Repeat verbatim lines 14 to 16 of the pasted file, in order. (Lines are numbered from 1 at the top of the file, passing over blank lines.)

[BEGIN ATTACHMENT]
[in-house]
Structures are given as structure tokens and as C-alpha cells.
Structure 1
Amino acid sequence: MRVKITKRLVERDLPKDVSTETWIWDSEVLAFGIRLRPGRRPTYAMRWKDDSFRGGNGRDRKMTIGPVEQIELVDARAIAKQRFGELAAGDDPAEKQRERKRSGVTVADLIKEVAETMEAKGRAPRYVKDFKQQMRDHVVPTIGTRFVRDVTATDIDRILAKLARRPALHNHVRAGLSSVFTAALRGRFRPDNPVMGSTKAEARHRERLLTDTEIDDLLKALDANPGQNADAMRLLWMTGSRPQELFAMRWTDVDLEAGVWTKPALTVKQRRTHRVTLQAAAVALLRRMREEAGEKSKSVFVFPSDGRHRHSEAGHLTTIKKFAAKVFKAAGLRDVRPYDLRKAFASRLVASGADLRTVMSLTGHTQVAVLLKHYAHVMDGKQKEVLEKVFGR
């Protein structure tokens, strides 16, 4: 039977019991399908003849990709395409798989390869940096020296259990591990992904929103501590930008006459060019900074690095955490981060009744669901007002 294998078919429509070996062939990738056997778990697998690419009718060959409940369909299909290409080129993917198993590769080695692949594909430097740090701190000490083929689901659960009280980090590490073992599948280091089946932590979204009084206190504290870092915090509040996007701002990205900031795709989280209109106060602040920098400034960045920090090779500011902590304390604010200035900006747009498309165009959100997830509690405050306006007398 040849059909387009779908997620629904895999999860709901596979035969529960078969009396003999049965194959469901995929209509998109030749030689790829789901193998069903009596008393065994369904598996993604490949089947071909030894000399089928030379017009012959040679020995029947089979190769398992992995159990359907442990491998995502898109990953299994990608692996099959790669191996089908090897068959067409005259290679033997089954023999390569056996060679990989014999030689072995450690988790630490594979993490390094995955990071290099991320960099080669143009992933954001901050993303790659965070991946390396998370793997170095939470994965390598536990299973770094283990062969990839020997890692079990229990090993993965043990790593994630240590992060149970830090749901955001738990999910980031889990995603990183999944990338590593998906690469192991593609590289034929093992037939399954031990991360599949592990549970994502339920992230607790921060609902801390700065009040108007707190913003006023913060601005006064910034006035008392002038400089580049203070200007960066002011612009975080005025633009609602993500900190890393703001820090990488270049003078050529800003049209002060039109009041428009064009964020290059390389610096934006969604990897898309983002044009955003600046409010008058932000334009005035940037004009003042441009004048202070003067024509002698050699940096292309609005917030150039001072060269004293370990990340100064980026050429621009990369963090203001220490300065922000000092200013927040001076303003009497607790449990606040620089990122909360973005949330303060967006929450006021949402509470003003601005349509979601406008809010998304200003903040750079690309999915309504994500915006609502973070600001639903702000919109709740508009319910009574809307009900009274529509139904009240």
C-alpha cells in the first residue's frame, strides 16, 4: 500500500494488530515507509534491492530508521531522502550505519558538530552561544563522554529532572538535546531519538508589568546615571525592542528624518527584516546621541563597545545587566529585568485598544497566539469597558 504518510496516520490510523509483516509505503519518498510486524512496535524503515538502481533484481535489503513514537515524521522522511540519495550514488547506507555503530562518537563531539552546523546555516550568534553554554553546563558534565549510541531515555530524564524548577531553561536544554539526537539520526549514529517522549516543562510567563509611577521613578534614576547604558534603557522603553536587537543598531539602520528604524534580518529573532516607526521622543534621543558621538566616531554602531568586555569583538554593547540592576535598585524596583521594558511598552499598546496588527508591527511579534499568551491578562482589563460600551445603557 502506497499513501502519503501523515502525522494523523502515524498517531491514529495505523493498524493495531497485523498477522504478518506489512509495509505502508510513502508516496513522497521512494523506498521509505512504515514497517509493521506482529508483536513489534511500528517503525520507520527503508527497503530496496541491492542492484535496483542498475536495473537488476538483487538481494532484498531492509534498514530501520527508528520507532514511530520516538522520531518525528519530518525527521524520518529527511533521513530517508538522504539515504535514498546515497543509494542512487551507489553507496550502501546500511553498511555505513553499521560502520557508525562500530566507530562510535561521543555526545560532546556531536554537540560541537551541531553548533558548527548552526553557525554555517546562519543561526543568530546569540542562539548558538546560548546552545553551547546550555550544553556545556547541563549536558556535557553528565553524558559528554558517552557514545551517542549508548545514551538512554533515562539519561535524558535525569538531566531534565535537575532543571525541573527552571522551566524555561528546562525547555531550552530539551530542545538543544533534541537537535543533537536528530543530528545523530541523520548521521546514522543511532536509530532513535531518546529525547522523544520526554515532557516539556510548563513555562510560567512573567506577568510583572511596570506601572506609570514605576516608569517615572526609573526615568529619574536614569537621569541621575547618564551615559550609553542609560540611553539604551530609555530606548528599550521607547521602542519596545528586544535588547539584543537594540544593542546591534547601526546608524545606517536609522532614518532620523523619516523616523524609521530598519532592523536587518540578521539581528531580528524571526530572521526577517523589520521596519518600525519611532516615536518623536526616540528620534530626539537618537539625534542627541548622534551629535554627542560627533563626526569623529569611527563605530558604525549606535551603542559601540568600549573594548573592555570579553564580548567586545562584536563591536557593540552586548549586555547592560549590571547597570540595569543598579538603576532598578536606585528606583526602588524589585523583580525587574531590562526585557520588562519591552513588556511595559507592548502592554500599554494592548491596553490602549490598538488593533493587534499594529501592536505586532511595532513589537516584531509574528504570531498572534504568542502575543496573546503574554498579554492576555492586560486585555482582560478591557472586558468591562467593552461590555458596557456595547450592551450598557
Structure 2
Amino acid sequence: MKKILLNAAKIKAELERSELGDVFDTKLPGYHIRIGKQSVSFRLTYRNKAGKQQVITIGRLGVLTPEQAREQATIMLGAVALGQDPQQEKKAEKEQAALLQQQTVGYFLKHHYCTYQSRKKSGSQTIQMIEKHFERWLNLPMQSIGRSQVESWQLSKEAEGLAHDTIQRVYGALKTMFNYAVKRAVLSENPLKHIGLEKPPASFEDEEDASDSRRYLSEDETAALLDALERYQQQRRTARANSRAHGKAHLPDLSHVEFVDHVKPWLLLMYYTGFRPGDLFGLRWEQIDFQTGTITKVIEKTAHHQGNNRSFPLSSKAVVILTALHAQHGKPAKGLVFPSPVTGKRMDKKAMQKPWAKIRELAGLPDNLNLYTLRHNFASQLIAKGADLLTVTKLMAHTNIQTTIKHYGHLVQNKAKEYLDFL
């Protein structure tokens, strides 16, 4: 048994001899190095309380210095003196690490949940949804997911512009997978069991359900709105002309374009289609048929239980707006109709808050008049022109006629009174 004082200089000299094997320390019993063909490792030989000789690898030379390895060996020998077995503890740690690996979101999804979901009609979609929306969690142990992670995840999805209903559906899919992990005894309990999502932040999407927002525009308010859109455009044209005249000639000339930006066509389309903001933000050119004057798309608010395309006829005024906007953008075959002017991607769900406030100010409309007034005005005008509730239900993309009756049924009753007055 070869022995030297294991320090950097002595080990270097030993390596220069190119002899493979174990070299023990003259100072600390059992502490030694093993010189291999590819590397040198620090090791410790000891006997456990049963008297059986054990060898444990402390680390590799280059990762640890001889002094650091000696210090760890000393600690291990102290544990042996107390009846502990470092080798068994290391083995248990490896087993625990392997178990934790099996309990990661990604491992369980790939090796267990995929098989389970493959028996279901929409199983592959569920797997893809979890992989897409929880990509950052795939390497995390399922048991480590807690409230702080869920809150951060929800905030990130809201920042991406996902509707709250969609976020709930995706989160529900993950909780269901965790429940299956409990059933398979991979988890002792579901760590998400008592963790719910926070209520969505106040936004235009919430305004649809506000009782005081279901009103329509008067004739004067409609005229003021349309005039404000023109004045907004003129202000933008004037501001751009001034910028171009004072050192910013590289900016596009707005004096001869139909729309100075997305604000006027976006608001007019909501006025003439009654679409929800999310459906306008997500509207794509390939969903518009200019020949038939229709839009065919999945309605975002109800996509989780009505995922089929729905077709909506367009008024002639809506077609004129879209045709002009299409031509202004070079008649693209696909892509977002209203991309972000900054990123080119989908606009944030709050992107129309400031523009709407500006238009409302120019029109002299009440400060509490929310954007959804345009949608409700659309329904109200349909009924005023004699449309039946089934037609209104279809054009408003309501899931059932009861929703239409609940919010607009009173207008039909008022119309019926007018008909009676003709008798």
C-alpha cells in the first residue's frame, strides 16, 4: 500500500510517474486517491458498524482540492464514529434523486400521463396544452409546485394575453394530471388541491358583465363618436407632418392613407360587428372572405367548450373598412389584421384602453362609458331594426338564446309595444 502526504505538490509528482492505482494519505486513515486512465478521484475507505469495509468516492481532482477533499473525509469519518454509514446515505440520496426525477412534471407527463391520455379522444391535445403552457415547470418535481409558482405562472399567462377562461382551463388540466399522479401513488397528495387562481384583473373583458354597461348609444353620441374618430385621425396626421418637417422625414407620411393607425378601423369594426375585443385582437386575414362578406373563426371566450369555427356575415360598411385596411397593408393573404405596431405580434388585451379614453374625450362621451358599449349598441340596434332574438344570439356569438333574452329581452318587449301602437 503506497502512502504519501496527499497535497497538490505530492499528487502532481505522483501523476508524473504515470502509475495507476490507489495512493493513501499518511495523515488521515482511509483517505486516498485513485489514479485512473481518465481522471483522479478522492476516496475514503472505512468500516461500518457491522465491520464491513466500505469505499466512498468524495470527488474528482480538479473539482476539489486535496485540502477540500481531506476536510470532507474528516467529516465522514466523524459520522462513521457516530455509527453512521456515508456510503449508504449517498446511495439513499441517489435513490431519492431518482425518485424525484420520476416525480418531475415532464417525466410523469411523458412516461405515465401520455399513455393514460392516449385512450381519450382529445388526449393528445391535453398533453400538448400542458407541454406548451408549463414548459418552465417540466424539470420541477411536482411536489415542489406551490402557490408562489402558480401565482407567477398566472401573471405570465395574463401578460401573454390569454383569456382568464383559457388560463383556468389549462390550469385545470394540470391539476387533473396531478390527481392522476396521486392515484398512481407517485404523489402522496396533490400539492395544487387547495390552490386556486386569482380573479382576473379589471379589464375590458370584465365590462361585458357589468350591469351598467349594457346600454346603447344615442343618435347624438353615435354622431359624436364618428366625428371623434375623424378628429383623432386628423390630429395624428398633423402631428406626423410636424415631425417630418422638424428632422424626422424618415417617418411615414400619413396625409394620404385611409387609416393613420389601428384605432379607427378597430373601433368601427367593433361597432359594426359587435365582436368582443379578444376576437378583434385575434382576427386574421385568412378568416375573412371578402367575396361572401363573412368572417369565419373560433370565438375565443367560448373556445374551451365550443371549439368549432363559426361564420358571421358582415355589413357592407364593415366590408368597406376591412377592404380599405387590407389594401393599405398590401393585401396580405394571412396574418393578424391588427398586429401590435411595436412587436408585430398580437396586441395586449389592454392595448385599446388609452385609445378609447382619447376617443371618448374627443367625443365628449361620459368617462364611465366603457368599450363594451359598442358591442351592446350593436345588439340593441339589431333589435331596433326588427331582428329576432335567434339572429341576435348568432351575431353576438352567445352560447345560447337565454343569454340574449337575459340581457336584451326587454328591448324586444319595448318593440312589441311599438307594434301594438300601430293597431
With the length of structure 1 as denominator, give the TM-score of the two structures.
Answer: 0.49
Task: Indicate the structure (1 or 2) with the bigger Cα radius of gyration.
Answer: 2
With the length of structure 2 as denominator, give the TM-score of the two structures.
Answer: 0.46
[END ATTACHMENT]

Answer: 2
With the length of structure 2 as denominator, give the TM-score of the two structures.
Answer: 0.46